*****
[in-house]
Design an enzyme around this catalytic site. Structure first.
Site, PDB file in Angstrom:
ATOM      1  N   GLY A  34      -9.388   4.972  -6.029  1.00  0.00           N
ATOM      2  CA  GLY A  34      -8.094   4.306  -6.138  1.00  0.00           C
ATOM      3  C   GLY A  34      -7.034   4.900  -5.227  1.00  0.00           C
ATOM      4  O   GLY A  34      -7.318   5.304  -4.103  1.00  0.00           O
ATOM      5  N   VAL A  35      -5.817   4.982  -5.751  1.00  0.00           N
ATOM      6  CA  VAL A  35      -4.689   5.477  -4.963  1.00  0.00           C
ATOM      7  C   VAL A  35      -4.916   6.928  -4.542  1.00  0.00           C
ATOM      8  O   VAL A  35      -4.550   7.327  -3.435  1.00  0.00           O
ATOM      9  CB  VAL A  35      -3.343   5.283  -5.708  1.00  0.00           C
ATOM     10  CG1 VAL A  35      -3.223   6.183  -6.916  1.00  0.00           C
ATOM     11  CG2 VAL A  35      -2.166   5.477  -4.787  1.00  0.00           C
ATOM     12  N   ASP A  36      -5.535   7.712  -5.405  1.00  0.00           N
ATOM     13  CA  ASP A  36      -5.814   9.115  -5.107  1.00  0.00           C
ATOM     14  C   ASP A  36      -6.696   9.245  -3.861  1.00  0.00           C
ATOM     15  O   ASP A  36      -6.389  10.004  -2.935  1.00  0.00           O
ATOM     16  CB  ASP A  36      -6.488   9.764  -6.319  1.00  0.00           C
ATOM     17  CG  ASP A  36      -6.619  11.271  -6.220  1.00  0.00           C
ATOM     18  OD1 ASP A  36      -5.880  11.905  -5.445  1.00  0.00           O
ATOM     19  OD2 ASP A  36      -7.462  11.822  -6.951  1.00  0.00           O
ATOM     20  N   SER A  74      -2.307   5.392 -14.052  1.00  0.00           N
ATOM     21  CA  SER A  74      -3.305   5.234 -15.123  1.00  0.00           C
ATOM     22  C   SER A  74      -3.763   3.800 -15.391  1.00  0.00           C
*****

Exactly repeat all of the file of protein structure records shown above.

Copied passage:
[in-house]
Design an enzyme around this catalytic site. Structure first.
Site, PDB file in Angstrom:
ATOM      1  N   GLY A  34      -9.388   4.972  -6.029  1.00  0.00           N
ATOM      2  CA  GLY A  34      -8.094   4.306  -6.138  1.00  0.00           C
ATOM      3  C   GLY A  34      -7.034   4.900  -5.227  1.00  0.00           C
ATOM      4  O   GLY A  34      -7.318   5.304  -4.103  1.00  0.00           O
ATOM      5  N   VAL A  35      -5.817   4.982  -5.751  1.00  0.00           N
ATOM      6  CA  VAL A  35      -4.689   5.477  -4.963  1.00  0.00           C
ATOM      7  C   VAL A  35      -4.916   6.928  -4.542  1.00  0.00           C
ATOM      8  O   VAL A  35      -4.550   7.327  -3.435  1.00  0.00           O
ATOM      9  CB  VAL A  35      -3.343   5.283  -5.708  1.00  0.00           C
ATOM     10  CG1 VAL A  35      -3.223   6.183  -6.916  1.00  0.00           C
ATOM     11  CG2 VAL A  35      -2.166   5.477  -4.787  1.00  0.00           C
ATOM     12  N   ASP A  36      -5.535   7.712  -5.405  1.00  0.00           N
ATOM     13  CA  ASP A  36      -5.814   9.115  -5.107  1.00  0.00           C
ATOM     14  C   ASP A  36      -6.696   9.245  -3.861  1.00  0.00           C
ATOM     15  O   ASP A  36      -6.389  10.004  -2.935  1.00  0.00           O
ATOM     16  CB  ASP A  36      -6.488   9.764  -6.319  1.00  0.00           C
ATOM     17  CG  ASP A  36      -6.619  11.271  -6.220  1.00  0.00           C
ATOM     18  OD1 ASP A  36      -5.880  11.905  -5.445  1.00  0.00           O
ATOM     19  OD2 ASP A  36      -7.462  11.822  -6.951  1.00  0.00           O
ATOM     20  N   SER A  74      -2.307   5.392 -14.052  1.00  0.00           N
ATOM     21  CA  SER A  74      -3.305   5.234 -15.123  1.00  0.00           C
ATOM     22  C   SER A  74      -3.763   3.800 -15.391  1.00  0.00           C